Consumer Sentiments And Employee Insights (4Q 2017)

Real comments from online review sites to inform strategies, policies, and practices.



I opened a [credit union name] savings account as part of a mortgage process … One year later I get a notice in the mail saying I have a negative $20 balance on my initial $25 deposit. Over the span of one year, they charged me $45 in fees. If you think [credit union name] will treat you better than a big bank you are wrong. … I planned to use this savings account for long-term savings but will be taking my business to someone that won't fee me to a negative balance.



Sure, there’s a business justification for fees on paper statements, dormant accounts, negative balances, and returned mail. Unfortunately, in this case, the bevy of fees fed this member’s perception that there is no difference between a credit union and a bank. This is just one person, but in the world of online reviews, even one person can hurt the movement. And more bad news for this credit union that serves a major university — nowhere near Wyoming, despite the reviewer’s name — several other online reviews noted the cooperative’s dated, clunky online banking system. Most young members don’t have deep-rooted banking relationships, making it easier for them to pick up and go. So how does a credit union set itself apart? By underscoring the credit union difference, for starters. And this experience did not make the member feel like a member-owner.


My time at [credit union name] was great. The branches are wonderfully managed, and the back offices were always helpful. There is a real sense of team among the branches … There was a concern for me that corporate wasn't as aware of branch issues as I felt they should have been. Because the headquarters is [across the state], there wasn't a whole lot of interaction, but they make a lot of effort to be in touch with everything. I felt like it just wasn't enough. But the interoffice workings went well, and it was easy to call over to HQ for assistance with member issues. All in all, I had a wonderful experience at [credit union name].

— ITELLER (Former Employee),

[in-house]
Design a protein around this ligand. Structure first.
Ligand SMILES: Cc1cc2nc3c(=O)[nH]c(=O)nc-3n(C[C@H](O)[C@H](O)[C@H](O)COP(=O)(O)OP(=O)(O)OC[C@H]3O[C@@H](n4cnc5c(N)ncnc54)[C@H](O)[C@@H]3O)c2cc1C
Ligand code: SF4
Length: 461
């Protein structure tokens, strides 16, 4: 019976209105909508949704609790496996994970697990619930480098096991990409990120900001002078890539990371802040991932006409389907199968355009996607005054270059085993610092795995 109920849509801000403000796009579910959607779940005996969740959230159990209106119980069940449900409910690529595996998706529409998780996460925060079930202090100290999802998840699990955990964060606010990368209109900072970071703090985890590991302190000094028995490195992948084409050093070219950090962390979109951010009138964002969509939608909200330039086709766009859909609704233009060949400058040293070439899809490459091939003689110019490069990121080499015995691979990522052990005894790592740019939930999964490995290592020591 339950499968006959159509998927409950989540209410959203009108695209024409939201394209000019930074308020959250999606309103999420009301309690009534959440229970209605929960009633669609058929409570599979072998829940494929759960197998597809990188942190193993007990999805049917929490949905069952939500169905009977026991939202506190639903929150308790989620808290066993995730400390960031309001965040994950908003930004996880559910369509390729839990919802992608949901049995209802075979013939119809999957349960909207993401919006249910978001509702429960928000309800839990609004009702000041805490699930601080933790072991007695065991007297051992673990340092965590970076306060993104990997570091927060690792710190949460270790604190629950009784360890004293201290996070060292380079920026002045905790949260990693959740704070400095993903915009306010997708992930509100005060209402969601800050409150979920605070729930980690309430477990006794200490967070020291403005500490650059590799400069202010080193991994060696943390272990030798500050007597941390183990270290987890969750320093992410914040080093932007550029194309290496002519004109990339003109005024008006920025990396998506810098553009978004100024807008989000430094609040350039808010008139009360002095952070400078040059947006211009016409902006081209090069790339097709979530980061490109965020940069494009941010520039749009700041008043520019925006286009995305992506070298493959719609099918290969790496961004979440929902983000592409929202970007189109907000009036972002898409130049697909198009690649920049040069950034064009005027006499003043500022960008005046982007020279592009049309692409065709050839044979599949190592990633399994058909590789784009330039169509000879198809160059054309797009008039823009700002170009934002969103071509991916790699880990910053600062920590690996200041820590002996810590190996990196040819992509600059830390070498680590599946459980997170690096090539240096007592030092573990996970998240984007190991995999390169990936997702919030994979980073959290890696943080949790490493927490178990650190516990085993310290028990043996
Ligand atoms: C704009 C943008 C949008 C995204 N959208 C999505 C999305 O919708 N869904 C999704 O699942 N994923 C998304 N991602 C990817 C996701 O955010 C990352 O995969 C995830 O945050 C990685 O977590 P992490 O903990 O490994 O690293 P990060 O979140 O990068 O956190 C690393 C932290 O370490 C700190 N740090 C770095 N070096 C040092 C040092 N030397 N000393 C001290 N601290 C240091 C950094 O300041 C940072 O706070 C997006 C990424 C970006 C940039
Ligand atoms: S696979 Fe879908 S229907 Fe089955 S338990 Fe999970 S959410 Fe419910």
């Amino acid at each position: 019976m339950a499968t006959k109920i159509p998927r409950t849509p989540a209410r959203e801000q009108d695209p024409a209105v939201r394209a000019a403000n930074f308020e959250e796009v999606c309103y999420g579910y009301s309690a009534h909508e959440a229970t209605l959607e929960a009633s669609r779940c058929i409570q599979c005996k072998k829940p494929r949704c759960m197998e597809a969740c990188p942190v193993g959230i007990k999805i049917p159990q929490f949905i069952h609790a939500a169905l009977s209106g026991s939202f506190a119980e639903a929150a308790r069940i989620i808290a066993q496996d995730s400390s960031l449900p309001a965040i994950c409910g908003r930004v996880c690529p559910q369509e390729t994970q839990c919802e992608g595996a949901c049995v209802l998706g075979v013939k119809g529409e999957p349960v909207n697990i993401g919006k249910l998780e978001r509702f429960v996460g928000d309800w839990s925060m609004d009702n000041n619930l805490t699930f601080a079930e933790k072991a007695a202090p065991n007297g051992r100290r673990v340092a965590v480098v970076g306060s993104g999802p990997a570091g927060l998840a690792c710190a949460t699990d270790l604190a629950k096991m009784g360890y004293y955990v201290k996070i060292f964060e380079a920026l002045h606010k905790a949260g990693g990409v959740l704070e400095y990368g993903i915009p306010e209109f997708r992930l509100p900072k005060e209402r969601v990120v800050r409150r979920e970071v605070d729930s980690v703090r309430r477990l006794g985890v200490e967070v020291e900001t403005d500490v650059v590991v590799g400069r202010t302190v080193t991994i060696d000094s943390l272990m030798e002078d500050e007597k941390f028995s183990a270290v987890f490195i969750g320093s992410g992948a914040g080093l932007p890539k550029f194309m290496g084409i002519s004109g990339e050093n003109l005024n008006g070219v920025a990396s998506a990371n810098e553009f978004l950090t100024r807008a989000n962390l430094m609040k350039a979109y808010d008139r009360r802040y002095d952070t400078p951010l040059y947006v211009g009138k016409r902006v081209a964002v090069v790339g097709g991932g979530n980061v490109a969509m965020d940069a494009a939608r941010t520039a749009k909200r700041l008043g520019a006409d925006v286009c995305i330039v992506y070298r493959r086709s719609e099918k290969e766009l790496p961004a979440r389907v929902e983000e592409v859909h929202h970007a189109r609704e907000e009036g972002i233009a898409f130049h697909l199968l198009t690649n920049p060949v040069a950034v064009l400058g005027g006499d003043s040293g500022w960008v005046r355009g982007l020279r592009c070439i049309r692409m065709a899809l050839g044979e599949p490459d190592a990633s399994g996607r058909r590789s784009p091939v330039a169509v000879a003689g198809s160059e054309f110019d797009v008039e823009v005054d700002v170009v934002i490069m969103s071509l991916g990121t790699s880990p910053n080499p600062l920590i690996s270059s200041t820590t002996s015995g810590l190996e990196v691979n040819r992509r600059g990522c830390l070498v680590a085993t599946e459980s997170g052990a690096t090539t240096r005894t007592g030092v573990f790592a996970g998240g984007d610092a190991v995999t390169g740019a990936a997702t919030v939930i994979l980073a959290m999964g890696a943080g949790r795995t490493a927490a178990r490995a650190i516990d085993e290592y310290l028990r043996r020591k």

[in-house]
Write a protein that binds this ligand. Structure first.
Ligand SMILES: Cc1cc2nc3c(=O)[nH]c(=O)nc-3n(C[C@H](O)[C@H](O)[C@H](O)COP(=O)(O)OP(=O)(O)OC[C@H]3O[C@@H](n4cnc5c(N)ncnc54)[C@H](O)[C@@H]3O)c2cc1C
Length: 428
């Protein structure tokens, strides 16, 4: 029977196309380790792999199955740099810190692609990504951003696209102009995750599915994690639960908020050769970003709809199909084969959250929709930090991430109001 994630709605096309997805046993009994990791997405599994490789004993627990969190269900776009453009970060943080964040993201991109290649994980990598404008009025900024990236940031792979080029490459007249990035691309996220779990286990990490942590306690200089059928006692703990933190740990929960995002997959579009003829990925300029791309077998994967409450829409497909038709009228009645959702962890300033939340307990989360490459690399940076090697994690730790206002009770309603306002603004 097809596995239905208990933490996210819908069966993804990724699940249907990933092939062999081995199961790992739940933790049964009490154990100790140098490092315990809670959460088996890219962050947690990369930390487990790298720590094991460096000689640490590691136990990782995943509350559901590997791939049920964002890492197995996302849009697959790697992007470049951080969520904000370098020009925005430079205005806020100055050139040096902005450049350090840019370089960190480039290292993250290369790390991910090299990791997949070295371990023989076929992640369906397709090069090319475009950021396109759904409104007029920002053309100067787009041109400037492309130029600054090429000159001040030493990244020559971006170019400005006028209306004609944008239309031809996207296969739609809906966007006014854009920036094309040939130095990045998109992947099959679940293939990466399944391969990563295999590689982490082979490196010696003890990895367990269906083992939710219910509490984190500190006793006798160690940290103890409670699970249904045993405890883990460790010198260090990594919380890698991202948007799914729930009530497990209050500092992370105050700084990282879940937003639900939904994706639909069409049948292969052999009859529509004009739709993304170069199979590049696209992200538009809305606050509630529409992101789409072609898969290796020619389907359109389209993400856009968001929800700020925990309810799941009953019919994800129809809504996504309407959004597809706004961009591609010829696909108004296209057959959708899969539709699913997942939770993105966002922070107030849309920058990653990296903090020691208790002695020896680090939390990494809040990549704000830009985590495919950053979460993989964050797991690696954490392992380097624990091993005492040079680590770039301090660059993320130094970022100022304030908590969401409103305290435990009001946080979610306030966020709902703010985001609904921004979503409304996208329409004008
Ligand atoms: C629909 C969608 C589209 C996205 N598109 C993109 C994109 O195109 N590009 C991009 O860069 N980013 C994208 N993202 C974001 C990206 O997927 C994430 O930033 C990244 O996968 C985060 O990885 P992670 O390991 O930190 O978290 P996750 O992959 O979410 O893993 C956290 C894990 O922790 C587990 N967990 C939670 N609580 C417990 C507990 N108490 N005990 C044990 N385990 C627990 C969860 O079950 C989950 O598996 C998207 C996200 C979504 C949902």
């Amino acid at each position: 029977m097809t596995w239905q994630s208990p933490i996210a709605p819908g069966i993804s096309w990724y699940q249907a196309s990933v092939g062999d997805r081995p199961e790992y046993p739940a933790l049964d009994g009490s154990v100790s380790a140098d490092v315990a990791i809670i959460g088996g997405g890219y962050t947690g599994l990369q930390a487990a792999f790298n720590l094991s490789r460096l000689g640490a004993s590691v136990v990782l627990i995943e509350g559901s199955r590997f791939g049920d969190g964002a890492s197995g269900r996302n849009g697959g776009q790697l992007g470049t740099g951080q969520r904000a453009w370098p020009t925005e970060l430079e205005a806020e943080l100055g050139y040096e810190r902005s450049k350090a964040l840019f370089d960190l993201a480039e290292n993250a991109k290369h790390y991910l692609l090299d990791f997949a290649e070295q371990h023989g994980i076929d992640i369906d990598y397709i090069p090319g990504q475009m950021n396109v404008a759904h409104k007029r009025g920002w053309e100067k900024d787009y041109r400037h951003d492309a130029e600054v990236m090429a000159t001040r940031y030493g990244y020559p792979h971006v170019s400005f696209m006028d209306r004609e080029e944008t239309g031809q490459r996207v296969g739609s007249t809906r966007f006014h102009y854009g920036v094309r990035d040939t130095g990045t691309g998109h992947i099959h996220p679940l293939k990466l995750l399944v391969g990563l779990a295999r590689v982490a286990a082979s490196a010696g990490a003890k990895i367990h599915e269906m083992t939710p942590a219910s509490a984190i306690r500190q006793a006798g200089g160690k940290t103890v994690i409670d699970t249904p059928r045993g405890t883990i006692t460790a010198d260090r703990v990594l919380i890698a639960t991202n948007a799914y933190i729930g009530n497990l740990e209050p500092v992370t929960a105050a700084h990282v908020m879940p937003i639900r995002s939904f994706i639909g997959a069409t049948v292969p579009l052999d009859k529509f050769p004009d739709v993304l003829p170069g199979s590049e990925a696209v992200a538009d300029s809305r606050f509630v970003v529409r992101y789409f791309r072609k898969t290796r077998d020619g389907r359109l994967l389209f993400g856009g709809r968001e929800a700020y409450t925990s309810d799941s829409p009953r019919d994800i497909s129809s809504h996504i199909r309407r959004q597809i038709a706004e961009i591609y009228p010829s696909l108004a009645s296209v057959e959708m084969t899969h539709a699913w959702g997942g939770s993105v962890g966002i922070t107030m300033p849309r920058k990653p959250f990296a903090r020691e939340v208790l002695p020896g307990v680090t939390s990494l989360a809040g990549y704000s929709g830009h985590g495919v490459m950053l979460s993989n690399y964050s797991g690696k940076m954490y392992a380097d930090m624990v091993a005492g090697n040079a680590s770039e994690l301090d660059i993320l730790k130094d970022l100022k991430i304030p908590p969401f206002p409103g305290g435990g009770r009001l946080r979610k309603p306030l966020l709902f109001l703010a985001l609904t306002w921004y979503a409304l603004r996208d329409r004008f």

You can’t be everywhere all the time. And as footprints grow, more credit unions operate full-service branches far away from the home office. This credit union seems to be doing it pretty well. Even when this teller didn’t feel connected enough, he or she was connected enough to know who and how to contact to resolve member issues, and isn’t that what it’s all about?

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Most things are pretty good, but it takes longer to transfer money to them from my bank account than from my bank account to literally anywhere else. Including competing credit card entities.

— Anonymous,


The lesson here is in the credit union’s reply to this comment, which is on an independent review site the credit union offers members. That resource in itself is commendable, and so is this reply: “Hello. We would be happy to review your account to see if there is a better way for you to make transfers. Feel free to contact us at your convenience by calling xxx-xxx-xxxx, x5. Thank you!” Alrighty then. Even if the credit union can’t totally solve this member’s problem, it’s efforts like this that help keep relationships sticky.


Your work experience depends on what manager you work for. Most times there is too much micromanaging and always changing employee handbook guidelines to upper management’s benefit. All of the employees are friendly and welcoming.

— Current Employee,


This sounds like a reasonably happy employee who’s looking for consistency and transparency. Not so much to ask, right? Keep in mind when making changes to policy, it’s important to explicitly tell everyone affected about the change and let them know why the credit union is making it. This is a small credit union, so it shouldn’t be too difficult to communicate in person. And whereas reasonable employees understand a credit union needs to change its policies from time to time, try not to give them whiplash.


March 1, 2018



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